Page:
War between Russia and Ukraine: Oil company CEOs set to testify before Congress amid skyrocketing gas prices

WASHINGTON, DC — Six oil company executives are set to testify on Capitol Hill Wednesday about skyrocketing gas prices amid a political messaging battle over pump pain.

Executives from BP America, Chevron and ExxonMobil are among the “Big Oil” executives who will take questions from lawmakers on the House Energy and Commerce Subcommittee on Oversight and Investigations.

The hearing comes as the cost of gas soared after Russia’s invasion of Ukraine, prompting the US to impose an import ban on Russian oil and gas. Although the price of gasoline has fallen slightly in recent days, Americans still paid an average of $4.17 on Tuesday, according to data from the American Automobile Association.

SEE RELATED STORY: Biden Taps Oil Reserves for 6 Months to Control Gas Prices

Politicians on both sides of the aisle continue to argue over who is to blame.

Democrats have worked hard to identify the Russian invasion of Ukraine as the cause of gas price hikes, with President Joe Biden calling it “Putin’s price hike.”

On the other hand, Republicans are quick to argue that the higher costs kicked in long before the war began and that Biden’s energy policies are draining Americans’ wallets. Others accuse oil companies of taking advantage of consumers by not cutting gas prices even though oil prices have fallen.

SEE RELATED STORY: Energy Commissioner says gas prices will fall by at least 30 cents by the end of the week

Patrick De Haan, head of petroleum analysis at GasBuddy, told ABC News that the reasons for gas costs are more complex than any of these narratives suggest.

“Too many political games are being played trying to win too many political points. Neither side represents it accurately,” he said. “There’s a lot of factors that go into this, and the politicians on both sides of the aisle use, you know, just catchphrases and phrases and they use re-fought, established talking points of their own parties…”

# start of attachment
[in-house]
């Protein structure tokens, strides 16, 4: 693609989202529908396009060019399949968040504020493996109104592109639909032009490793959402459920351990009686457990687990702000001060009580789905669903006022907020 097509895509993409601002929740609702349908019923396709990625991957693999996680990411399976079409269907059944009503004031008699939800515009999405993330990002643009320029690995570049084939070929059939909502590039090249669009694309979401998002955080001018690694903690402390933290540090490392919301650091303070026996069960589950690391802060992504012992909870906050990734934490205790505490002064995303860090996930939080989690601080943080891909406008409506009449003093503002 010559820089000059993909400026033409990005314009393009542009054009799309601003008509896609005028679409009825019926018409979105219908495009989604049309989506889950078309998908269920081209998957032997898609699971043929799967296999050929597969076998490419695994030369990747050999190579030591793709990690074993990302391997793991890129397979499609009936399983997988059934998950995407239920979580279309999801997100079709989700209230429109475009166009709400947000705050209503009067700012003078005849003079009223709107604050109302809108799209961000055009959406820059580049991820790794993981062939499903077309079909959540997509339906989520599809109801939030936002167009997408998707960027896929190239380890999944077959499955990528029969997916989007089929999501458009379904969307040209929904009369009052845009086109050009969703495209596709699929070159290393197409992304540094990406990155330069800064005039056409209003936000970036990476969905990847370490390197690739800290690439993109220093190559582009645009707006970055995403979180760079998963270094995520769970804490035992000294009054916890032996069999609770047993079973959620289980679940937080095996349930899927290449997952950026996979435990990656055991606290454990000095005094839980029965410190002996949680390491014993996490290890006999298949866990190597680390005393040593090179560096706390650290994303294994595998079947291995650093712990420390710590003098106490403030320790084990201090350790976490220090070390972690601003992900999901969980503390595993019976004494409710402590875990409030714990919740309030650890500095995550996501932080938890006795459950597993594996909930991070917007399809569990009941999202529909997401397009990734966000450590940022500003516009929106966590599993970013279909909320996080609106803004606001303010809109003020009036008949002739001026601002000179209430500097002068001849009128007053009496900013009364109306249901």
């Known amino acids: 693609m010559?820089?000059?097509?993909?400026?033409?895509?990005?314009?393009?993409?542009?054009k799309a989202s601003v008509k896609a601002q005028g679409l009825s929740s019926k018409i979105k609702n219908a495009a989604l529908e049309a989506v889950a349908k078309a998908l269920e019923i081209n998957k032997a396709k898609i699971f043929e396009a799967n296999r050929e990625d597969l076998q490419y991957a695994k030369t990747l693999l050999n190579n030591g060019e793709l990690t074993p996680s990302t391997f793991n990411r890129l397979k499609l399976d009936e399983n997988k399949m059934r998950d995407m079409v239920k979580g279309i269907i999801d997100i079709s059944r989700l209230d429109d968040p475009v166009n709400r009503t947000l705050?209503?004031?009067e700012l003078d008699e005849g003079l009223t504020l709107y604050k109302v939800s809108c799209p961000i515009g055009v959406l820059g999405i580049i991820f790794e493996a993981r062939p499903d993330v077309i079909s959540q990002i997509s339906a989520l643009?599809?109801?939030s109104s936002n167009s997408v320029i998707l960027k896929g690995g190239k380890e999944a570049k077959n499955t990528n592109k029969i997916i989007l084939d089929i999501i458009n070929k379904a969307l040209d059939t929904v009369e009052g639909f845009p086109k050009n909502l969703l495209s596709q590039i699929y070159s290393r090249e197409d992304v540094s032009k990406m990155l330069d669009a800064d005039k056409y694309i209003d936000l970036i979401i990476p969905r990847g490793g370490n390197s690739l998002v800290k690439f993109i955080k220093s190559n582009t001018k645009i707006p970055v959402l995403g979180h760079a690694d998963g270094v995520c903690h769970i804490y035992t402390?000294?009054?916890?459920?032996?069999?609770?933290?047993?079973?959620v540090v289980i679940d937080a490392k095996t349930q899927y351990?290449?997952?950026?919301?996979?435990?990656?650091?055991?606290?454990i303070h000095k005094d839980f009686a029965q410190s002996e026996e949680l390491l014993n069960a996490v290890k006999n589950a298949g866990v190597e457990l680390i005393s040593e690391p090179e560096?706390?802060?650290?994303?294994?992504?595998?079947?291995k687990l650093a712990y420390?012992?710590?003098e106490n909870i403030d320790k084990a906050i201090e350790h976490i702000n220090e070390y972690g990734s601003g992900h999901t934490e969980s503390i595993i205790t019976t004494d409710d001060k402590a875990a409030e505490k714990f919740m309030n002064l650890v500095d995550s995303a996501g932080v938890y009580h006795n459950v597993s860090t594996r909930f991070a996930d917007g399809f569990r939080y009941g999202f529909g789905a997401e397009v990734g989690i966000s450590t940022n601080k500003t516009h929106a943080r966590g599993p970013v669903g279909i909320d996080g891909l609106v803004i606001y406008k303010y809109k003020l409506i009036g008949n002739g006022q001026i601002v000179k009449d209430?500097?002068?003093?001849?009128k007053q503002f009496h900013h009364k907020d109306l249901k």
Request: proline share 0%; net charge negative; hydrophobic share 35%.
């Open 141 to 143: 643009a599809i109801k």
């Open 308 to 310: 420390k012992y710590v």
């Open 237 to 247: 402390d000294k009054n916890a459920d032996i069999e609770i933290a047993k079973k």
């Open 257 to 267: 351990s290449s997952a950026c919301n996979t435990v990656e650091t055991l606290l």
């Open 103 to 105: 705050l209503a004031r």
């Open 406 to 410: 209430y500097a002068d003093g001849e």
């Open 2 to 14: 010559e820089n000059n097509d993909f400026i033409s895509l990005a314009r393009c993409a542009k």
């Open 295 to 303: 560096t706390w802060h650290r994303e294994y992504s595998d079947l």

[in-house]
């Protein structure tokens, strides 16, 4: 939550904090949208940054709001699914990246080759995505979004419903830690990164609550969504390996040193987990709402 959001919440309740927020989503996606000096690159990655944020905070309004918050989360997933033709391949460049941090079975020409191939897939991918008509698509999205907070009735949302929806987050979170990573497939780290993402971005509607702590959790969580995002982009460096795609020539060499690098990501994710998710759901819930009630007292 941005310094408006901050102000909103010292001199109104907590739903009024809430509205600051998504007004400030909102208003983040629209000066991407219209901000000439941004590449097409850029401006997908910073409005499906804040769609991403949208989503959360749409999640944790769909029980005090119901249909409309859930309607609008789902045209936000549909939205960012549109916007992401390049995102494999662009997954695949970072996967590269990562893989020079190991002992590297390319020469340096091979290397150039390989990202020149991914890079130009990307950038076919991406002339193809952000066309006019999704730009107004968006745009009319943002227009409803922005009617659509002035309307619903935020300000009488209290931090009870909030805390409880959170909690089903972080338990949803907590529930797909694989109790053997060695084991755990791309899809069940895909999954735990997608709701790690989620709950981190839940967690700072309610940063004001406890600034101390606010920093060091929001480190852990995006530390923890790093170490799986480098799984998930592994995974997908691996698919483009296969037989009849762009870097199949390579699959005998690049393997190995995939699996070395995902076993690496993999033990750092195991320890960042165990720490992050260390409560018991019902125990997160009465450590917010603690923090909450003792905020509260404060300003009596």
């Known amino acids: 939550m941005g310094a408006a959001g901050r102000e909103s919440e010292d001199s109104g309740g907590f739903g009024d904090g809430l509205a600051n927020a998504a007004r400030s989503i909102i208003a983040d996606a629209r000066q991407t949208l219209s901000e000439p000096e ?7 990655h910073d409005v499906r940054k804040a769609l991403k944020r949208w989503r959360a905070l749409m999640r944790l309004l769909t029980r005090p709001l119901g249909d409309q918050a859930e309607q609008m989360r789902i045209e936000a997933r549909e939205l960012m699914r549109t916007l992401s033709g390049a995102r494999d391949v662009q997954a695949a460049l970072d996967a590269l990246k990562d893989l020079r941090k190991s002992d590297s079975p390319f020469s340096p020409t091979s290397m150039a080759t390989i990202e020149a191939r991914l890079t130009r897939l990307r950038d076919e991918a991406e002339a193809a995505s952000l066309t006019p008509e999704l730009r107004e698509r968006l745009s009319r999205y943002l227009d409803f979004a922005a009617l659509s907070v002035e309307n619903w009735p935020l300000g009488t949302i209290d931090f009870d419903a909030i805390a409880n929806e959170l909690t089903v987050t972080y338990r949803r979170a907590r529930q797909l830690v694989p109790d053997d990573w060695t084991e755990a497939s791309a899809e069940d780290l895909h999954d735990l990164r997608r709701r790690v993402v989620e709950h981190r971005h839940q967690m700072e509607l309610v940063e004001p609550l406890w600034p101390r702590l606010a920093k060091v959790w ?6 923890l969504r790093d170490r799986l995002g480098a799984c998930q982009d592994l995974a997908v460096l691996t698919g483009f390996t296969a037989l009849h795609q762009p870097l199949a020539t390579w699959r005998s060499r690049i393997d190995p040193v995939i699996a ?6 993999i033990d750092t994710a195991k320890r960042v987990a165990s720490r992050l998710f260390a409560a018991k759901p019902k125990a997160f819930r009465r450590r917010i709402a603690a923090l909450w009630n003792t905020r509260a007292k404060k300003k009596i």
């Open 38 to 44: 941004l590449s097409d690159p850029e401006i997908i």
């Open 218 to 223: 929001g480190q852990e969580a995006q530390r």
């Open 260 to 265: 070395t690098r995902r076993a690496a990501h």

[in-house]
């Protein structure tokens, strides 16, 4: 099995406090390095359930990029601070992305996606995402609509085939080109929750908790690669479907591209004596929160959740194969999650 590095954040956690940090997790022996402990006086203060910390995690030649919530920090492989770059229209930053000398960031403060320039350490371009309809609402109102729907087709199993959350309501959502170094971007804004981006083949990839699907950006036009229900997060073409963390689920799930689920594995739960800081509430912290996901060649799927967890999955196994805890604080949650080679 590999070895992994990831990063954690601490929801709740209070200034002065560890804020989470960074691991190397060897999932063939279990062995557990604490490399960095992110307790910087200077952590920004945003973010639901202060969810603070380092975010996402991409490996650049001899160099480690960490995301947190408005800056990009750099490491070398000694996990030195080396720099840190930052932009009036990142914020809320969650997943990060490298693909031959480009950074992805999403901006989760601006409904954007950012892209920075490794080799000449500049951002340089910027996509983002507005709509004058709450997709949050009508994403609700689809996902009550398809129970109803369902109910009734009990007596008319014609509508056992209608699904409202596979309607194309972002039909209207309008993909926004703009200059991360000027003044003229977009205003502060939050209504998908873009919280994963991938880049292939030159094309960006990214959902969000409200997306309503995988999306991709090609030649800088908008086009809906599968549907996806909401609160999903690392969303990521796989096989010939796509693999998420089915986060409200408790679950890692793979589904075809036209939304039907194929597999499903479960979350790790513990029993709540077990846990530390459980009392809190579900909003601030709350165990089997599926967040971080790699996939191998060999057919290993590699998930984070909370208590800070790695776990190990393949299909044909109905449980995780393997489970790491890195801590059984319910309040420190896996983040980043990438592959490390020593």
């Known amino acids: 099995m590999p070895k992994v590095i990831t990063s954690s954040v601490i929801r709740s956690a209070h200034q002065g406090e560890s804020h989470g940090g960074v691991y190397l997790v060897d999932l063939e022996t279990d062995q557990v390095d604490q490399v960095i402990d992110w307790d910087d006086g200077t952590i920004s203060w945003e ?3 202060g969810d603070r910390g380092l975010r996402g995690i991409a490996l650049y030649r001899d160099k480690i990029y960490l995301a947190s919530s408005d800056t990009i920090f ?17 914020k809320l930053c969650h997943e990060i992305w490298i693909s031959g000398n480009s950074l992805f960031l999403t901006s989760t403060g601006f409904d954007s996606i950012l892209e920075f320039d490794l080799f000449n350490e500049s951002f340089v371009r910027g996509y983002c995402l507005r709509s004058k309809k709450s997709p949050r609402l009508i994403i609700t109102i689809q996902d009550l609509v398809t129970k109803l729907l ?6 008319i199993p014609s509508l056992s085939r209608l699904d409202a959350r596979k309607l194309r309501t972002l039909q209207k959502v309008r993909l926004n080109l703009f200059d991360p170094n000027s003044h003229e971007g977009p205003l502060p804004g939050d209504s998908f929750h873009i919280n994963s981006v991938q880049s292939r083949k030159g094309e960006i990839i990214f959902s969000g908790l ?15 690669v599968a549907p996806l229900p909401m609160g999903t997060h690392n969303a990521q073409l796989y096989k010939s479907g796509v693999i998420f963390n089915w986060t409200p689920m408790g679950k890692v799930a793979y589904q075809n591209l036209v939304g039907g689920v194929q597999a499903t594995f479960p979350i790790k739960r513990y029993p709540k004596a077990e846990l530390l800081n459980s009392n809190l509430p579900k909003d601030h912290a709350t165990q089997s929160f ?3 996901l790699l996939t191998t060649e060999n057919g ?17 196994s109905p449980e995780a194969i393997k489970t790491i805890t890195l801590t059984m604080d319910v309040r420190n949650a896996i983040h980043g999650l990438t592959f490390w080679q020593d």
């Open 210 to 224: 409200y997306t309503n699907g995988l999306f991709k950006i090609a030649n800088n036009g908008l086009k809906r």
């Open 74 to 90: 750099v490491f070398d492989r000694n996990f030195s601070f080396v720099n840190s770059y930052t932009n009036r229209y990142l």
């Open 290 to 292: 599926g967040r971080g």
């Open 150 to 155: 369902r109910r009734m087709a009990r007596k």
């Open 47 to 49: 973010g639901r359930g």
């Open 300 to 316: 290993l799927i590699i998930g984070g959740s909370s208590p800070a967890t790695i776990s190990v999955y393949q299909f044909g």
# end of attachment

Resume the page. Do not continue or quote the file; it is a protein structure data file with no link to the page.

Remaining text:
De Haan also pointed to the “extremely volatile” situation gas companies find themselves in in relation to fluctuating oil prices.

“Broadcasters are currently not trying to lower prices. Not necessarily because they’re greedy or anything, but because the market is extremely volatile,” De Haan said, adding, “if they were to pass on a cut one day, they might have to raise prices another 25 to 50 cents the day after, when the market rises again.”

Instead, he said that “stations are essentially offsetting the incredible volatility, cautiously passing on declines once they’re reasonably confident they won’t have to hike prices again.”

PolitiFact also noted that “experts who study oil and gas prices said it could take weeks for gasoline prices to respond to changes in crude oil costs,” and that “Russia’s invasion of Ukraine, increased labor costs, the pandemic and additional… Taxes and inflation have all contributed to rising gas prices.”

Richard Wiles, president of the Center for Climate Integrity, a nonprofit focused on climate policy and holding companies accountable, says Democrats are not wrong in blaming Russian President Vladimir Putin.

“The Democrats aren’t coming up with anything to point out that this is a really acute example of what dependence on oil and gas would get you. That is exactly right. And the oil companies don’t care at all,” he said.

But Wiles noted that gas price hikes started long before the Russian invasion of Ukraine.

“Oil companies are bad at war and peace,” he said.

ABC News reached out to all six oil companies expected to testify Wednesday, but none offered comment.

As oil company executives face off against members of the House of Representatives, lawmakers are also scrambling to pass legislation to provide immediate relief as a follow-up season fast approaches.

Most recently, Biden announced the release of 1 million barrels of oil per day from oil reserves to combat high gas prices; however, senior White House officials have been unable to say how quickly Americans will feel relief.

At her weekly news briefing last week, House Speaker Nancy Pelosi said Congress wanted to help as long as the benefit goes directly to consumers, likely in the form of a rebate card or direct payment.

And some progressive Democrats are renewing their push toward longer-term investments in renewable energy to end oil dependency.

For their part, House Republicans on the Natural Resources Committee introduced a bill last week that would end the Biden administration’s moratorium on federal onshore and offshore leasehold sales.

Copyright © 2022 ABC News Internet Ventures. War between Russia and Ukraine: Oil company CEOs set to testify before Congress amid skyrocketing gas prices

Dais Johnston

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